For those touchy subjects that divide us all.


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Like any other politician, Alexandria Ocasio-Cortez has said both brilliant and brilliantly ridiculous things, which will no doubt stay with her for as long as she lives. Still, as a young woman who has managed to find her way into the male dominated world of US politics, her comments on certain matters are worth hearing.

  • Change takes courage.

It sounds like something a philosopher from the 18th century would say. However, it holds true as much now as it would back then. Ocasio-Cortez believes this to be true, and we’re sure that many people out there would agree unanimously. It is difficult pulling one’s roots out and trying to forge a new, completely different path. New beginnings are scary, but in the end, always worth it.

  • It’s time we acknowledge that not all Democrats are the same. That a Democrat who takes corporate money, profits off foreclosure, doesn’t live here, doesn’t send his kids to our schools, doesn’t drink our water or breathe our air cannot possibly represent us.

Her message here is clear. We all want to be represented by someone who leads the same kind of life as we do, which in her quote is explained by the simplest of terms: drinks the same water, breathes the same air. We trust those who are like us, while we tend to be suspicious and distrustful of those who claim to know us and what we need, but lead a completely different kind of life.

  • Healthcare as a human right, it means that every child, no matter where you are born, should have access to a college or trade-school education if they so choose it, and I think no person should be homeless if we can have public structures and public policy to allow for people to have homes and food and lead a dignified life in the United States.

Alexandria Ocasio-Cortez knows what the most important things are and she isn’t afraid to talk about them, to urge for them. Healthcare is one of the most important things for anyone, as is education.

  • We have to stick to the message: What are we proposing to the American people? Not, ‘What are we fighting against?’

This is exactly the right question to ask. This isn’t a war. We aren’t fighting against one another. On the contrary, we are all on the same side here. There is no common enemy. All the people running for government should be asking this, with the public’s best interest in mind.

  • I think – I do think that we have to have a secure border. We need to make sure that people are, in fact, documented. But that doesn’t mean that we threaten people’s lives.

The issue of the wall will always be a burning one. In many respects, Ocasio-Cortez is right on this one. The issue is not the immigrants. It’s documenting them, and lowering the number of illegal immigrants in the country.

  • The only time we create any kind of substantive change is when we reach out to a disaffected electorate and inspire and motivate them to vote.

During any election in any country, there are always a number of people who don’t vote. Their reasoning is usually the same: they don’t care. So, any time someone changes their mind and makes them go out and give their vote is a small victory for that candidate. That is truly when real change starts to happen.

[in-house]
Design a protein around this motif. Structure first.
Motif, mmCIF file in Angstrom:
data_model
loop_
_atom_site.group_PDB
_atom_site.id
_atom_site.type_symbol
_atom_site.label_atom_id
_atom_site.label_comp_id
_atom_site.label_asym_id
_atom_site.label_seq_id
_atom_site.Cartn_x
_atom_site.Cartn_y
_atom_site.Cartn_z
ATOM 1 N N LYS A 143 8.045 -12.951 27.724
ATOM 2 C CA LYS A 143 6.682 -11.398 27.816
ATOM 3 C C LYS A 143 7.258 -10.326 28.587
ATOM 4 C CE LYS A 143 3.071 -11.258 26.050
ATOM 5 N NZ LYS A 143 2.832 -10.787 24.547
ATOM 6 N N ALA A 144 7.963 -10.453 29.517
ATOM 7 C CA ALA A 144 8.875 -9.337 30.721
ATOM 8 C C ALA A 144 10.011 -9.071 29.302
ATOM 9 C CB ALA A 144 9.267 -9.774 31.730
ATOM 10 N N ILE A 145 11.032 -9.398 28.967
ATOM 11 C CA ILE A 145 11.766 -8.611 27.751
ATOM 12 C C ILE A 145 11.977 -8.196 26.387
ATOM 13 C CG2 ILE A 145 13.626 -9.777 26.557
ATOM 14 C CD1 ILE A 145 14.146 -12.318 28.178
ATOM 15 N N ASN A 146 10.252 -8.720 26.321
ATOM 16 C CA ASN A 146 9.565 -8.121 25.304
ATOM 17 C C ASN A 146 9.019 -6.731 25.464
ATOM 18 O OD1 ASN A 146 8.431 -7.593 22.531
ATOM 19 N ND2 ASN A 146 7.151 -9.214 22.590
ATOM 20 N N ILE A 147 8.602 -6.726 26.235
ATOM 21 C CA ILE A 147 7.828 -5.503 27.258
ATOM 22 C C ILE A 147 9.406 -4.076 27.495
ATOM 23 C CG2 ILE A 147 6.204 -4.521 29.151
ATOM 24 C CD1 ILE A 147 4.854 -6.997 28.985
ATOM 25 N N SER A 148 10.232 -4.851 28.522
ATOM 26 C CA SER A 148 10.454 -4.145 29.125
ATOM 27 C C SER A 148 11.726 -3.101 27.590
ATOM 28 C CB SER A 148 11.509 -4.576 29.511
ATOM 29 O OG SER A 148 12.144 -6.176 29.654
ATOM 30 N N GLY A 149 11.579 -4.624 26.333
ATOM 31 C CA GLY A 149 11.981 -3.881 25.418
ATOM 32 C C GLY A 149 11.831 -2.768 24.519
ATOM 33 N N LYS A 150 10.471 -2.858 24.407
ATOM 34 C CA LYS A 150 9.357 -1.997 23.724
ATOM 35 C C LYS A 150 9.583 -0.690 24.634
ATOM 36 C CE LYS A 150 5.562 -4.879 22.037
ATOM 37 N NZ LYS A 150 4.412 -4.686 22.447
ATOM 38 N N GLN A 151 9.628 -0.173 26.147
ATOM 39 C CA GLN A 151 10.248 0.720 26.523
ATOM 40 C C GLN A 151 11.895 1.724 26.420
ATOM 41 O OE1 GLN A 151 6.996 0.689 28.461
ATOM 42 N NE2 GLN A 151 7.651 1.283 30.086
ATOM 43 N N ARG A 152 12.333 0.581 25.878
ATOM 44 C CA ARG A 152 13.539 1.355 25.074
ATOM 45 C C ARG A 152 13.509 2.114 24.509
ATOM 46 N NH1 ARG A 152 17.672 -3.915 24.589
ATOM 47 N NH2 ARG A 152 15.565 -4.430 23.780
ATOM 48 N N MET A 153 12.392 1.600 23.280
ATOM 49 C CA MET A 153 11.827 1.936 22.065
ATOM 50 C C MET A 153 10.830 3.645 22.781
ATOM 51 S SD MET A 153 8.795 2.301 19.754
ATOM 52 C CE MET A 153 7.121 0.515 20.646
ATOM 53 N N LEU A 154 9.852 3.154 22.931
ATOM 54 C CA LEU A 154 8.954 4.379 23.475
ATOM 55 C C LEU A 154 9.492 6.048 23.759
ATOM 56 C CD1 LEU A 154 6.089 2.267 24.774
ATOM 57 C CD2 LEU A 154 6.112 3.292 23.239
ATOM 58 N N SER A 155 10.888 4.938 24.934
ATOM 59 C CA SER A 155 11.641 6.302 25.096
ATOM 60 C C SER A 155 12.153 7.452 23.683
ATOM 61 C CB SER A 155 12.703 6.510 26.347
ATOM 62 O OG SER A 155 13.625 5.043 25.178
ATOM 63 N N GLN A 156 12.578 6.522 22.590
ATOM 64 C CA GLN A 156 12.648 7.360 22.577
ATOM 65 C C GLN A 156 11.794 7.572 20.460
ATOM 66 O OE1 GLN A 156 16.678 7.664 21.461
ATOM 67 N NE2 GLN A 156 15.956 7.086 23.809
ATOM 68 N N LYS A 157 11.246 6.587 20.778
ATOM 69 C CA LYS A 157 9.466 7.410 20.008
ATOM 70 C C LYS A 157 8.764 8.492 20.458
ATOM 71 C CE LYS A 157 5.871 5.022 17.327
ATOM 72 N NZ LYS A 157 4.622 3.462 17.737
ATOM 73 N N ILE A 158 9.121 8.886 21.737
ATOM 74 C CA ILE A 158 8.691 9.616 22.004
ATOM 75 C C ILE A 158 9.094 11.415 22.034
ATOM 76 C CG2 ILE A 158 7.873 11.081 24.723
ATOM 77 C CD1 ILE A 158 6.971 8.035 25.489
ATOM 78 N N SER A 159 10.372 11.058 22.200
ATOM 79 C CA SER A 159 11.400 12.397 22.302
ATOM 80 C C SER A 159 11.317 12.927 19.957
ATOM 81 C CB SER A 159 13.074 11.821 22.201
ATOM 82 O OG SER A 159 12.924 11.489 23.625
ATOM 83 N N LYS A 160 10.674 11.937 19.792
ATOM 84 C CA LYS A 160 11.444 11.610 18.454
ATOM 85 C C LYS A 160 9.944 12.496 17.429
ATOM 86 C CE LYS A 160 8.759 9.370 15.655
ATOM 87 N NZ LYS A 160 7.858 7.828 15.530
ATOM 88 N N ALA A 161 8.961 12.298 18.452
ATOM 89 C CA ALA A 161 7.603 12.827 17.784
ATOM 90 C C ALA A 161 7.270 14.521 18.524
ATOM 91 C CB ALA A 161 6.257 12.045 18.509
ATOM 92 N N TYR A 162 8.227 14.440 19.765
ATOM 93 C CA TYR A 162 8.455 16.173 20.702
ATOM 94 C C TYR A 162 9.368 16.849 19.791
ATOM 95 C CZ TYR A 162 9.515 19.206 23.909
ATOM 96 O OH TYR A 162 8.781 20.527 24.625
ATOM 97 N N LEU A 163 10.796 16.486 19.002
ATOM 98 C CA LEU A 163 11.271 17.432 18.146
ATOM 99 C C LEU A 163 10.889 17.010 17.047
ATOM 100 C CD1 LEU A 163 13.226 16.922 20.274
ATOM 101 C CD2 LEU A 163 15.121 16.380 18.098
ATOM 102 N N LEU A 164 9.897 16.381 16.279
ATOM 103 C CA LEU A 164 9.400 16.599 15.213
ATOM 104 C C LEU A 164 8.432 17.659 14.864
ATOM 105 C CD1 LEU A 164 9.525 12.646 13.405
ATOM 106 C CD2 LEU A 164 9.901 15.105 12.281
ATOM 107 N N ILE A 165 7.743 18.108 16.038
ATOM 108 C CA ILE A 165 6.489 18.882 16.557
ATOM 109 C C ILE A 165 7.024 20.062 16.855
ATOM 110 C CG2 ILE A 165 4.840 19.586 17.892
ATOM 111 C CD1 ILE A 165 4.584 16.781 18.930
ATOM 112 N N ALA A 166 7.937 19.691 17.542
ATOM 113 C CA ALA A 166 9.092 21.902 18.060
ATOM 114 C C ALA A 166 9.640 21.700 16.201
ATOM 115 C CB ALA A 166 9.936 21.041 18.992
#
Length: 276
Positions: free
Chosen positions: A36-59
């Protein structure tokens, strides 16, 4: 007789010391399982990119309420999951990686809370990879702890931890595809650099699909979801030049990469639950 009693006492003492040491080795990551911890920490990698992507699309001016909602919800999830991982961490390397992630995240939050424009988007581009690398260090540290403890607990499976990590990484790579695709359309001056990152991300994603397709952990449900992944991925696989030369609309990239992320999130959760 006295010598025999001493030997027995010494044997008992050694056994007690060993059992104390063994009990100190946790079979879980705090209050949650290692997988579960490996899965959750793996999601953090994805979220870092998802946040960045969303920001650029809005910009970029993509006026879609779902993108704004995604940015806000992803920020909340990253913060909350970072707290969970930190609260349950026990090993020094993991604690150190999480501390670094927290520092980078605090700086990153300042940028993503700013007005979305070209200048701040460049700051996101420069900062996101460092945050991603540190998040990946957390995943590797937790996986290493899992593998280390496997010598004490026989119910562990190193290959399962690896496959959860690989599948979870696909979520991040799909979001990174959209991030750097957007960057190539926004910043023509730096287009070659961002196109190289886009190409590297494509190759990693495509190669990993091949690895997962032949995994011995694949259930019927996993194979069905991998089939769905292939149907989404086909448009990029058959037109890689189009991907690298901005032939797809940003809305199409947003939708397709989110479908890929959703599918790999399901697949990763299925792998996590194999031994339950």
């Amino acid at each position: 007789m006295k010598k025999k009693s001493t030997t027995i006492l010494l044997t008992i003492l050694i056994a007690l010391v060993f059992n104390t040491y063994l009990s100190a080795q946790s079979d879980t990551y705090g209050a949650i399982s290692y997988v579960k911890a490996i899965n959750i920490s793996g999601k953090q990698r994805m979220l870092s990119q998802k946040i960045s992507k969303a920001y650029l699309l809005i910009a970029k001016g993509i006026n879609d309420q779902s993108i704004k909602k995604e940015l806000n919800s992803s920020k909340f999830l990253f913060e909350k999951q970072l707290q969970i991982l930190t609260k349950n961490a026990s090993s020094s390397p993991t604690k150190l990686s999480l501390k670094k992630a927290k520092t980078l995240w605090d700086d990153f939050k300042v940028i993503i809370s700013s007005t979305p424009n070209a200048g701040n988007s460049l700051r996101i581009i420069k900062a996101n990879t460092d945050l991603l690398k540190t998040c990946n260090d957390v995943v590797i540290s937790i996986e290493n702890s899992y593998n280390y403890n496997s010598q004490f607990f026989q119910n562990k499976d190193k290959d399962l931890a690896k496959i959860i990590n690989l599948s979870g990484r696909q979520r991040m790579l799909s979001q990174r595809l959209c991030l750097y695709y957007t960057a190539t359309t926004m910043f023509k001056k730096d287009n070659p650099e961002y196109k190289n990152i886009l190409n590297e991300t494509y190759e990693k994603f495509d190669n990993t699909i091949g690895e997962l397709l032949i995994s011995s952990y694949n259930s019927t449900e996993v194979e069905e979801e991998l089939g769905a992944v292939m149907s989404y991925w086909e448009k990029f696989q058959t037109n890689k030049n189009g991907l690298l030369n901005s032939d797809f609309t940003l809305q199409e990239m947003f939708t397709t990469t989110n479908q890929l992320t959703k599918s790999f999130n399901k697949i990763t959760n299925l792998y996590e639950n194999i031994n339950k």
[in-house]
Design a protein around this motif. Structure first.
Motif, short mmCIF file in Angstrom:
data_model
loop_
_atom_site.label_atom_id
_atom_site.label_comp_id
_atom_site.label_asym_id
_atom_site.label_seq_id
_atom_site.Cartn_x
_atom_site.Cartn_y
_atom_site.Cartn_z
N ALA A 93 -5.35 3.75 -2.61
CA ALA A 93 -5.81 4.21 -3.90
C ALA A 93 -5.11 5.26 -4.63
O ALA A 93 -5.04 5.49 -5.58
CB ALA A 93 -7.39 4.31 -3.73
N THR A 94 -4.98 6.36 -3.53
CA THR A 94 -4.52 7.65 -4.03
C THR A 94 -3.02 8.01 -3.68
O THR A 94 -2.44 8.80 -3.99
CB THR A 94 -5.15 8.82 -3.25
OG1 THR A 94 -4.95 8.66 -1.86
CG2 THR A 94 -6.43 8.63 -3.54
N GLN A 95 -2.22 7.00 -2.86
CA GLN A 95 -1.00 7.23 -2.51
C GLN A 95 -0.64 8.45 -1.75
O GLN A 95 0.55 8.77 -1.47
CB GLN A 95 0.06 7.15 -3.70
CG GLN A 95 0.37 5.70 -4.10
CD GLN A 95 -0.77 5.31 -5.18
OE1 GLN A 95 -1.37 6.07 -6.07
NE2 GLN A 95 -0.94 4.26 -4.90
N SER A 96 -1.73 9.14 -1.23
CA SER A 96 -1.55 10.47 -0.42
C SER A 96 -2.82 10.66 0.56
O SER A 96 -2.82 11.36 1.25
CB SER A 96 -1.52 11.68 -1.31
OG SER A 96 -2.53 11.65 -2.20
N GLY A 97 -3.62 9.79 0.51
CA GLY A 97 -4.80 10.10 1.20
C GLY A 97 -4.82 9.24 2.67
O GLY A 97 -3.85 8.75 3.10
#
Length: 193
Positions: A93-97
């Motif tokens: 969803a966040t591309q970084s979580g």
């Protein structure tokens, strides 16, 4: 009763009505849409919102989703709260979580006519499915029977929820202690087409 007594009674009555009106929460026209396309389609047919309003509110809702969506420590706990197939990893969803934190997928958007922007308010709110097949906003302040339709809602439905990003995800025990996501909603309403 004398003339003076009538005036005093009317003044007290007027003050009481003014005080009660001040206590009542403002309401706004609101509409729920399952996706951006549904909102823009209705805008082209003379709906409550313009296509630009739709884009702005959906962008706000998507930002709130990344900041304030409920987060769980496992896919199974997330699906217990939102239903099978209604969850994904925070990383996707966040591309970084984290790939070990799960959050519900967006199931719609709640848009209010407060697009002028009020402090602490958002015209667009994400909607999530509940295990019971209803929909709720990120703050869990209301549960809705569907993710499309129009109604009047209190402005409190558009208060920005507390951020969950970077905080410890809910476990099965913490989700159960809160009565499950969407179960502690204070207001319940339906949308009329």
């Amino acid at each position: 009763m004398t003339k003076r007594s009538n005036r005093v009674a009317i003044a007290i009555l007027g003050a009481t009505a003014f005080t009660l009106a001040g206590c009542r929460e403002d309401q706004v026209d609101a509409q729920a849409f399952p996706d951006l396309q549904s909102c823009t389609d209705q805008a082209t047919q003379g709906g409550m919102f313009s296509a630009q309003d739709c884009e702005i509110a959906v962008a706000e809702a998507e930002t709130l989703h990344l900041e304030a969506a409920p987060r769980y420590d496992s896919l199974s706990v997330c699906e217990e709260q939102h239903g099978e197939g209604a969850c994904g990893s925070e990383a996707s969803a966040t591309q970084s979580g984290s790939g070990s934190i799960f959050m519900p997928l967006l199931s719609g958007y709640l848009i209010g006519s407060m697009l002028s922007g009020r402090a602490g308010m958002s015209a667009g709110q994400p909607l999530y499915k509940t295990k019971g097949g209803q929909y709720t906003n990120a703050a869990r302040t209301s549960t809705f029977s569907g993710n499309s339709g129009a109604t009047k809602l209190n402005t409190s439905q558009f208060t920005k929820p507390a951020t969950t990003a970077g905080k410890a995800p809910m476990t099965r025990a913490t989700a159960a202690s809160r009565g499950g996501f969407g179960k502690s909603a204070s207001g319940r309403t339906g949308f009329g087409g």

• I felt like the only way to effectively run for office is if you had access to a lot of wealth, high social influence, a lot of dynastic power, and I knew that I didn’t have any of those things.

Here, she states how she felt when she was starting out. We can all understand that. The feeling of fear, inadequacy with the task at hand. In a way, she’s right in claiming this. Things seem to be motioned only when there’s cold, hard cash involved, and she had none of it. At least, not enough to make a significant change. But, she kept on pushing and finally achieved her goal.

  • Women like me aren’t supposed to run for office.

In many ways, people claim she isn’t suitable for the position she holds. She is young, she is a female, she is of Puerto Rican descent. Still, she kept on going, despite everything around her telling her that she isn’t good enough. What we can all learn from her is that believing something makes it so eventually.

  • We know enough to reject the stereotype that people in the Midwest do not care about their brothers and sisters.

Here, she is touching upon the subject of family. In a way, all Americans are brothers and sisters, and we need to stick together for the common goal.

  • There is no such thing as talking about class without there being implications of the racial history of the United States. You just can’t do it.

We are all aware of our racial history. It’s still a question that needs answers, still a topic as hot as burning coal, especially nowadays. What matters is that we all remember that we are all the same, we are all brothers and sisters. Different, but the same.

Alexandria Ocasio-Cortez continues to do her work, and doesn’t show any signs of stopping in the near future. We look forward to reading more of her comments and quotes, and seeing what she can do to bring forth a positive change.